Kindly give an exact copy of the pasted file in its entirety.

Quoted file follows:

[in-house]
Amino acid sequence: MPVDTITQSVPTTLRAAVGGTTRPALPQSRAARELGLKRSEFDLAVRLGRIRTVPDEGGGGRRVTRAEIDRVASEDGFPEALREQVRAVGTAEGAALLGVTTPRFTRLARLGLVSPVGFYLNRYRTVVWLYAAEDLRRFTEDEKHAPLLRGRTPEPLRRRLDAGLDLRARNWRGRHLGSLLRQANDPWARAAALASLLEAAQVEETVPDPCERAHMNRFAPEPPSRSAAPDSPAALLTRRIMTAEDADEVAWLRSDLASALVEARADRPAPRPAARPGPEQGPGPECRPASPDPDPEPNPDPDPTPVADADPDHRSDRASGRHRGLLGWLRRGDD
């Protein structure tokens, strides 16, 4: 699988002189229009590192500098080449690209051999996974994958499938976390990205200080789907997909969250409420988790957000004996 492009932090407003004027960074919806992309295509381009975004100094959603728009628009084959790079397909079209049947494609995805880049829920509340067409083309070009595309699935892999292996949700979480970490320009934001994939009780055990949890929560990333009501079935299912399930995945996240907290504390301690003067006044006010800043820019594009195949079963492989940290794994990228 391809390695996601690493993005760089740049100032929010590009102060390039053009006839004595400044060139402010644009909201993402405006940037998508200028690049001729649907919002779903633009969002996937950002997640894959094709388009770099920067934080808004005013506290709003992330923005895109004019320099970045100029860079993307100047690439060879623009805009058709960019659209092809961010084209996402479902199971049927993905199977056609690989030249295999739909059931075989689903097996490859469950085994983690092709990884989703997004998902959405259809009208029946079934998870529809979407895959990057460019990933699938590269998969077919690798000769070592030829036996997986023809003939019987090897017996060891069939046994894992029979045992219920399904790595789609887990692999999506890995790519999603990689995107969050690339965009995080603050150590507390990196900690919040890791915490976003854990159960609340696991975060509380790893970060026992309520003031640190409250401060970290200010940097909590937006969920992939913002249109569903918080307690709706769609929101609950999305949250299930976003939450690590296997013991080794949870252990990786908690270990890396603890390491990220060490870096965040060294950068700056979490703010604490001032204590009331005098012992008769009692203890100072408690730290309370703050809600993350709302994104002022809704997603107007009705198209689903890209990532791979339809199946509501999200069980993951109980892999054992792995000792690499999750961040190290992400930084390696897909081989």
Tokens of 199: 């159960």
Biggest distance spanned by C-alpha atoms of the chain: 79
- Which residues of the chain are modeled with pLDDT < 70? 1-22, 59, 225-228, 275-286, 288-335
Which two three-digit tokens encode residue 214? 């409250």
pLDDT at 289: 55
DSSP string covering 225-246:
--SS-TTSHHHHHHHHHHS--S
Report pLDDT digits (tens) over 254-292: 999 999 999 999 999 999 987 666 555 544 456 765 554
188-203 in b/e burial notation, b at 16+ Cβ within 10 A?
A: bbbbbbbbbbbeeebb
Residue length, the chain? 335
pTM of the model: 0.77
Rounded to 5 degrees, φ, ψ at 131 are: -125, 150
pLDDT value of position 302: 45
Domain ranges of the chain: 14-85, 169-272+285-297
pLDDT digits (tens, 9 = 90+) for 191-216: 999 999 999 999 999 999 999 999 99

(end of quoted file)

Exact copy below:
[in-house]
Amino acid sequence: MPVDTITQSVPTTLRAAVGGTTRPALPQSRAARELGLKRSEFDLAVRLGRIRTVPDEGGGGRRVTRAEIDRVASEDGFPEALREQVRAVGTAEGAALLGVTTPRFTRLARLGLVSPVGFYLNRYRTVVWLYAAEDLRRFTEDEKHAPLLRGRTPEPLRRRLDAGLDLRARNWRGRHLGSLLRQANDPWARAAALASLLEAAQVEETVPDPCERAHMNRFAPEPPSRSAAPDSPAALLTRRIMTAEDADEVAWLRSDLASALVEARADRPAPRPAARPGPEQGPGPECRPASPDPDPEPNPDPDPTPVADADPDHRSDRASGRHRGLLGWLRRGDD
């Protein structure tokens, strides 16, 4: 699988002189229009590192500098080449690209051999996974994958499938976390990205200080789907997909969250409420988790957000004996 492009932090407003004027960074919806992309295509381009975004100094959603728009628009084959790079397909079209049947494609995805880049829920509340067409083309070009595309699935892999292996949700979480970490320009934001994939009780055990949890929560990333009501079935299912399930995945996240907290504390301690003067006044006010800043820019594009195949079963492989940290794994990228 391809390695996601690493993005760089740049100032929010590009102060390039053009006839004595400044060139402010644009909201993402405006940037998508200028690049001729649907919002779903633009969002996937950002997640894959094709388009770099920067934080808004005013506290709003992330923005895109004019320099970045100029860079993307100047690439060879623009805009058709960019659209092809961010084209996402479902199971049927993905199977056609690989030249295999739909059931075989689903097996490859469950085994983690092709990884989703997004998902959405259809009208029946079934998870529809979407895959990057460019990933699938590269998969077919690798000769070592030829036996997986023809003939019987090897017996060891069939046994894992029979045992219920399904790595789609887990692999999506890995790519999603990689995107969050690339965009995080603050150590507390990196900690919040890791915490976003854990159960609340696991975060509380790893970060026992309520003031640190409250401060970290200010940097909590937006969920992939913002249109569903918080307690709706769609929101609950999305949250299930976003939450690590296997013991080794949870252990990786908690270990890396603890390491990220060490870096965040060294950068700056979490703010604490001032204590009331005098012992008769009692203890100072408690730290309370703050809600993350709302994104002022809704997603107007009705198209689903890209990532791979339809199946509501999200069980993951109980892999054992792995000792690499999750961040190290992400930084390696897909081989």
Tokens of 199: 């159960």
Biggest distance spanned by C-alpha atoms of the chain: 79
- Which residues of the chain are modeled with pLDDT < 70? 1-22, 59, 225-228, 275-286, 288-335
Which two three-digit tokens encode residue 214? 């409250």
pLDDT at 289: 55
DSSP string covering 225-246:
--SS-TTSHHHHHHHHHHS--S
Report pLDDT digits (tens) over 254-292: 999 999 999 999 999 999 987 666 555 544 456 765 554
188-203 in b/e burial notation, b at 16+ Cβ within 10 A?
A: bbbbbbbbbbbeeebb
Residue length, the chain? 335
pTM of the model: 0.77
Rounded to 5 degrees, φ, ψ at 131 are: -125, 150
pLDDT value of position 302: 45
Domain ranges of the chain: 14-85, 169-272+285-297
pLDDT digits (tens, 9 = 90+) for 191-216: 999 999 999 999 999 999 999 999 99